After a run of four excellent, occasionally classic episodes, tonight’s Futurama episode falls a bit flat. It’s an entertaining enough half-hour of television, but it isn’t especially funny. It takes some well-explored areas of the Futurama universe—the Robot Mafia and the Wong family’s mistreatment of the Native Martians—and doesn’t really offer anything we haven’t seen before. There’s a thematic arc here about poverty and privilege and Amy realizing that being rich doesn’t inherently make you better than other people, but the idea never really coheres into anything especially illuminating. And, particularly by the standards of the last few weeks, the episode goes fairly light on the big crazy sci-fi concepts, telling a straightforward story that could be refashioned to take place in the here and now with minimal tweaking, give or take a certain invisible, money-vomiting lobster. And yet, I’m inclined to forgive at least some of this. Because “Viva Mars Vegas” is a heist episode, and heist episodes are always at least kind of awesome.
“Viva Mars Vegas” finds the entire Planet Express team off for a weekend getaway to Mars Vegas—all except Zoidberg, whom Amy disinvites because his absurd poverty means he simply can’t be trusted at a casino. His luck changes when the loot from the latest Robot Mafia heist literally falls into his lap, and he heads off to the Wong family’s casino to celebrate. After a crustacean-themed riff on “Big Spender” and Zoidberg managing to run his money up to over $10 billion, he predictably loses everything when he bets everything for the third time on 34 Red. Zoidberg isn’t bothered about his reversal of fortune—for a moment, he made everyone on Mars happy, and he considers that enough—but the Robot Mafia feels differently, and their attempt to get their money back ultimately leaves them in control of the Wong’s casino and Zoidberg invisible. In an effort to steal back the casino, Amy plans an elaborate heist, which involves Zoidberg sneaking into the casino vault and eating all the money inside, rendering it all as invisible as he is. In an episode that really doesn’t work as well as it ought to, the heist is one of the more successful elements. It isn’t nearly as insane as you might expect a Futurama heist to be—just imagine a heist that’s as fiendishly complicated and sci-fi-driven as, say, the body-swapping in “The Prisoner of Benda”—but the episode does a solid job of deconstructing the standard heist tropes, in particular Amy’s refusal to divulge all the details of the plan until it’s actually begun.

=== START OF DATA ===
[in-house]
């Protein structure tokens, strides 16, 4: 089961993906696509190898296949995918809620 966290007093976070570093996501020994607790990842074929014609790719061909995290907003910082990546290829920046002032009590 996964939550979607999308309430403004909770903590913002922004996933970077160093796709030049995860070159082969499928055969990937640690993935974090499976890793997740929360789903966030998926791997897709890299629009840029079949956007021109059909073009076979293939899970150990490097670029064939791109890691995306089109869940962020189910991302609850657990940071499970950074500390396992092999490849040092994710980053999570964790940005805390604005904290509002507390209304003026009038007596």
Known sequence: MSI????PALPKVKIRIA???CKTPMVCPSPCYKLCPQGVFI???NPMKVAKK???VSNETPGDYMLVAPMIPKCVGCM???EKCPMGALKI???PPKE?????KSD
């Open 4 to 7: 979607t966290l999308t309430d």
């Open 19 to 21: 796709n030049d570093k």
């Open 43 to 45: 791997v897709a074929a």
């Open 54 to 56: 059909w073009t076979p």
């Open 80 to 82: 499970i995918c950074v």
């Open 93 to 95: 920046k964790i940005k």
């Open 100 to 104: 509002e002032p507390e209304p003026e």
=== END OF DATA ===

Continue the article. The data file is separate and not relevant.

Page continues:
Generally speaking, Futurama has three major tools at its disposal to put its own spin on a well-worn narrative formula. It can filter the standard story beats through its impossible sci-fi universe, mock the established tropes and conventions of the parodied genre with a barrage of meta-humor, and lean on the comedic strengths of its ensemble. “Viva Mars Vegas” does only a little of the first of these and a lot of the last two, albeit to rather mixed effect. It perhaps says something about the standard Futurama has set when an episode featuring the Robot Mafia, the Native Martians, and a talking lobster turned invisible by a translucidating light polarizer doesn’t feel especially sci-fi. The problem is that both the Robot Mafia and the Native Martians serve the same story function here in pretty much exactly the same way as human mobsters and Native Americans would—nothing in the episode happens because these characters are robots or aliens. Hell, Clamps barely even uses this clamps this time around.
Zoidberg’s disappearance feels more sci-fi, but the episode doesn’t really explore any of the possible implications of invisibility—even Zoidberg’s semi-unintentional voyeurism while Amy is taking a bath is just sort of left hanging there—nor does it connect Zoidberg’s disappearance with, say, the fact that his coworkers ignore and exclude him. His invisibility is a plot necessity, a reasonably clever and enjoyably gross way to get the casino’s money out of the vault, and not much else. The show obviously isn’t under any obligation to really go nuts every week with its outlandish sci-fi concepts, but then again, that is kind of a big part of Futurama’s appeal, and this week feels a little empty without that creative energy. Indeed, the show’s resurgence over the last few weeks has been fueled by telling stories that really could only ever happen on Futurama: Hermes upgrading himself into a robot, Fry falling in with secret Neanderthals and Leela erasing her memories, or Bender searching for robotic free will. Tonight’s episode isn’t about Zoidberg turning invisible, but rather about the gang robbing a casino, and you don’t really need the Futurama universe to tell that story.